A Poem About the Sea, New Freckles and Taking Your Time

If you’ve come to this column from the old one, you’ll know I’ve been pining for the sea for a while now; more than a year.

John – my boyfriend – has been so sick I’ve barely seen the sun this year either. And so I’ve come away for a while, to the city where my parents live. It’s 4000 miles and a continent away from home; it’s nothing like London’s grey skies and chewing-gum pavements. This is where I lived before London. I’ve been away for so long; I’d forgotten what it’s like to have the sun when you want it, and the sea every day.

As I write this, I’ve just got back: my hair is dripping saltwater onto my laptop keyboard, and the scribbled-on print-out of Sea Church by Aimee Nezhukumatathil.

(There are a lot of scribbles on this poem, because I have had to read it over so many times before feeling I could write about it. I love the way it sounds, and I love the way it makes me feel, but I wasn’t sure I understood it properly. It is so beautiful, which is always off-putting; you don’t want to take something beautiful and unpick it badly.)

I’ve been swimming a lot since I’ve been here, and when I look in the mirror I am surprised by my freckles. I thought I’d outgrown freckles; maybe I just hadn’t been outside enough. I ask for the grace/ of a new freckle/ on my cheek…

That’s from Sea Church, and it goes on: …the lift of blue and my mother’s soapy skin to greet me…. That stanza, it’s sort of like Peanut Butter by Eileen Myles in the way it makes you feel ten again. That was the part that drew me to this poem first; the part I find easiest to understand.

Other parts took me longer. The hiss and smoke in the first bit? It took me three reads to realise that meant the waves coming home. It took three reads for the words to properly resolve themselves into a picture; for me to put the clues together to see it how Aimee Nezhukumatathil sees it.

I love the way the poem takes you up and over the mysterious bit, the way a wave might lift you over a rough patch of seafloor.

This might be why I like poetry so much generally: you get to see the world how someone else sees it. You get to see the hiss and the smoke of the waves on the shore; you get to see that the waves really are kind of walls, just like she says.

And then there are parts of this poem that took me even longer still: parts I didn’t understand for a long, long time when I read it, but nonetheless was moved by, like the current in the sea.

This morning, swimming with my mother, I am startled by how slowly I move in the ocean; strokes that carry me yards in the pool barely move me inches in the waves.

I call over: “Mum, why is it harder to swim here than in a pool?” She isn’t sure; it might be the current, or something else. We debate the current for a little while; turn on our backs and float to see which way the current takes us. We can’t tell. We float.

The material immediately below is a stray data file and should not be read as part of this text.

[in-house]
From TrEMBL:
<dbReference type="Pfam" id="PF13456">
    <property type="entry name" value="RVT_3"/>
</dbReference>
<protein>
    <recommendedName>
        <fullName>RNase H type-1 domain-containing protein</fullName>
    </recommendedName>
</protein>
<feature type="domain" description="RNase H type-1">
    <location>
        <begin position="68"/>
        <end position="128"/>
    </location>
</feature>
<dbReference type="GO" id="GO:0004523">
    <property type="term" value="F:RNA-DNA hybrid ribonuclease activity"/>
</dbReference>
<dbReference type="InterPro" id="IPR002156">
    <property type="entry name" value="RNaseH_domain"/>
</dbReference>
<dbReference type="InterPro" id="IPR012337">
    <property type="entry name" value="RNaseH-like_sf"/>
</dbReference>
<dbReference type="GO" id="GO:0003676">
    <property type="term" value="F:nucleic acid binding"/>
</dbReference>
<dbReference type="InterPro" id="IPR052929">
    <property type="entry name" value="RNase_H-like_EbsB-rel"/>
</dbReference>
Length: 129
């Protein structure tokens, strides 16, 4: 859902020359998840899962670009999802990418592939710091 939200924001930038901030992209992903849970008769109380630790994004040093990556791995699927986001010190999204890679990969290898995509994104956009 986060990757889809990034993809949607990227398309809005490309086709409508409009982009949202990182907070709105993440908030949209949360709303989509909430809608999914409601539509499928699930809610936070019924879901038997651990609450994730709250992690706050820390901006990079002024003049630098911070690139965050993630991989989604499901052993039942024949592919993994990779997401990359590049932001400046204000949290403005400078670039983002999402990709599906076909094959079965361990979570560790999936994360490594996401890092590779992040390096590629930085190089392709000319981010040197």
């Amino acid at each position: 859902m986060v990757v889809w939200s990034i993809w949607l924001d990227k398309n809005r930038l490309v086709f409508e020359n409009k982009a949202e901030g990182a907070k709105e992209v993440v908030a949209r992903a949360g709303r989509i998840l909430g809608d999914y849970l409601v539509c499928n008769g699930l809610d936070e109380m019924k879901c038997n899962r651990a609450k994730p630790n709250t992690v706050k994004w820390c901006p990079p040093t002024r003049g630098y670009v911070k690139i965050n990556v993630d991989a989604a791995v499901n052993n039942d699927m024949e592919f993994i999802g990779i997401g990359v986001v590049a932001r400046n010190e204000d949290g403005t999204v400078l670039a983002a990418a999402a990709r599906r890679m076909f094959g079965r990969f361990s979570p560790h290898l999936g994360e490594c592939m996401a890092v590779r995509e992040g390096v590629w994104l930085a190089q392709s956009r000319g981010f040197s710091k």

The sea-bottom is silt instead of sand today; muddy and soft as silk. Why? We don’t know. My mother and I dredge our toes through it, wondering. Sometimes, for a week or two weeks, you get one kind of shell washing up on the shore; the next week it’s another. My mum and I don’t know why that happens, either. My favourites have always been the shells that look (if you squint) like a treble clef: an elegant white spiral of calcium carbonate. I had to look that up, what shells are made of. To almost quote Pocahontas: how can there be so much that I don’t know?

My friends have a podcast I listen to sometimes, called The School For Dumb Women, about the obvious things you think you should understand and don’t. I like it for exactly this reason: there’s so much we don’t know, which means there’s always room for that shock of the new. There’s a Ted Hughes line I’ve always loved: At twenty-five I was dumbfounded afresh/ By my ignorance of the simplest things.

That’s how I feel about the shells, and the sand, and the sea – and about this Nezhukumatathil poem too. As I wrote this column it suddenly dawned on me what the middle part meant: the part where she prays, Hide me in a room/ with no windows. It was the kind of simple, total, dumbfounding revelation where you want to grab people by the shoulders and say Did You Know This All Along?!

The room with no windows is the room with the walls that hiss and smoke on the shore, of course; the room with no windows is the room made by the waves as they roll up and roll down, hiding you in the gaps between. I’ve been reading this poem for weeks, saying that line to myself often, trying to work it out. My printout has red question marks scribbled by that line. I wrote this whole column not understanding, and then – suddenly – I saw. I saw what Nezhukumatathil saw, and it felt like real magic.

I love the way I’ve been reading poetry all my life and I still – every time! – come across parts that are to me a mystery. I love the way the poem takes you up and over the mysterious bit, the way a wave might lift you over a rough patch of seafloor.

This is a water-prayer, Aimee Nezhukumatathil says: a water-prayer in a sea church. Like everything, then, reading this poem is maybe a question of faith. You just have to read it, that’s all; you just have to let yourself be lifted.


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